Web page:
Results: Paige Clarkson narrowly leads Spencer Todd for Marion County district attorney




  • In US
  • 2022-05-18 04:50:14Z
  • By Statesman Journal

This story will continue to be updated as more results come in. Because ballots could be mailed on Election Day starting this year, elections officials caution the winners may not be known for several days. Election offices expect vote counts after Tuesday to rise more than in past years due to valid ballots arriving at counting locations up to seven days after the election.

Initial results show incumbent Paige Clarkson leading opponent, Salem-area lawyer Spencer Todd, by a narrow margin for the Marion County District Attorney race, according to Marion County election data.

Initial returns at 8 p.m. show Clarkson with 54% of the votes; Todd with 46%.

The early results appeared on the county's elections report and were added to the Oregon Secretary of State's website around 9:30 p.m.

For the first time in at least 38 years, Marion County residents had two options on the ballot for the county's top attorney in Oregon's May 17 primary. And the nonpartisan race has become among the nastiest in the state.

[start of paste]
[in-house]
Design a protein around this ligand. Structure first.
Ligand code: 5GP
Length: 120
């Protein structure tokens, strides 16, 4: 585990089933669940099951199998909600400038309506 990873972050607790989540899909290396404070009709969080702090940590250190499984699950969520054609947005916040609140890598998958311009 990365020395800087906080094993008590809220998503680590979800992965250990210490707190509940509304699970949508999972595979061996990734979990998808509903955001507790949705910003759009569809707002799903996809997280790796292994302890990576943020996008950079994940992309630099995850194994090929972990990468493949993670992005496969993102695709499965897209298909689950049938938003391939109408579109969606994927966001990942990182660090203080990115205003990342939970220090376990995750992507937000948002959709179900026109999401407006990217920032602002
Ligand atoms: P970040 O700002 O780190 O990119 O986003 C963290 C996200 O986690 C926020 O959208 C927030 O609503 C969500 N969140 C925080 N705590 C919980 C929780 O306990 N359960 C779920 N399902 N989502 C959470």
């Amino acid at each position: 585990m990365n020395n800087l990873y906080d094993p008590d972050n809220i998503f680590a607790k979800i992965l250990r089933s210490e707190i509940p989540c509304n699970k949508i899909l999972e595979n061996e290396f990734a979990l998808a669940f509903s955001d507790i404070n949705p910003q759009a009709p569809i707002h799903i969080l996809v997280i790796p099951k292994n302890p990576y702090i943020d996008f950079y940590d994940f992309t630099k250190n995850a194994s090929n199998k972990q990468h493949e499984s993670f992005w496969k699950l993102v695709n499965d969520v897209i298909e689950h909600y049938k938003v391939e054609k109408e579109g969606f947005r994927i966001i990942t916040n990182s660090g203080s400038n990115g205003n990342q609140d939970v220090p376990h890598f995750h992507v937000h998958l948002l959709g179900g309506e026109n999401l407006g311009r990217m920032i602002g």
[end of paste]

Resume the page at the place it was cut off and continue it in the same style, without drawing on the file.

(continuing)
Clarkson, 48, was appointed by Gov. Kate Brown when her predecessor, Walt Beglau, announced his retirement in 2018. She ran unopposed the same year and was elected into office in January 2019.

Todd, 33, announced his candidacy for the spot last fall.

If one of the two receives more than 50% of the votes, they will become the district attorney and will avoid a run-off in November.

More about the candidates:Paige Clarkson vs. Spencer Todd

Spencer Todd

Todd was born and raised in Salem and spent summers in high school working at the Marion County Courthouse. After graduating from South Salem High School, he followed in his parent's footsteps to become an attorney. He earned his law degree from Willamette University Law School in 2013. He currently lives in downtown Salem with his wife, Kari, who works for Nike.

Todd, who has worked as a public defender in Marion County for eight years, has shrugged off critics' comments about his experience. He says his current career will allow him to better handle the office of district attorney because he can anticipate defense lawyers' strategies.

Todd said he also brings a one-on-one client mentality to victims to help protect and advocate for them and have important conversations about their cases.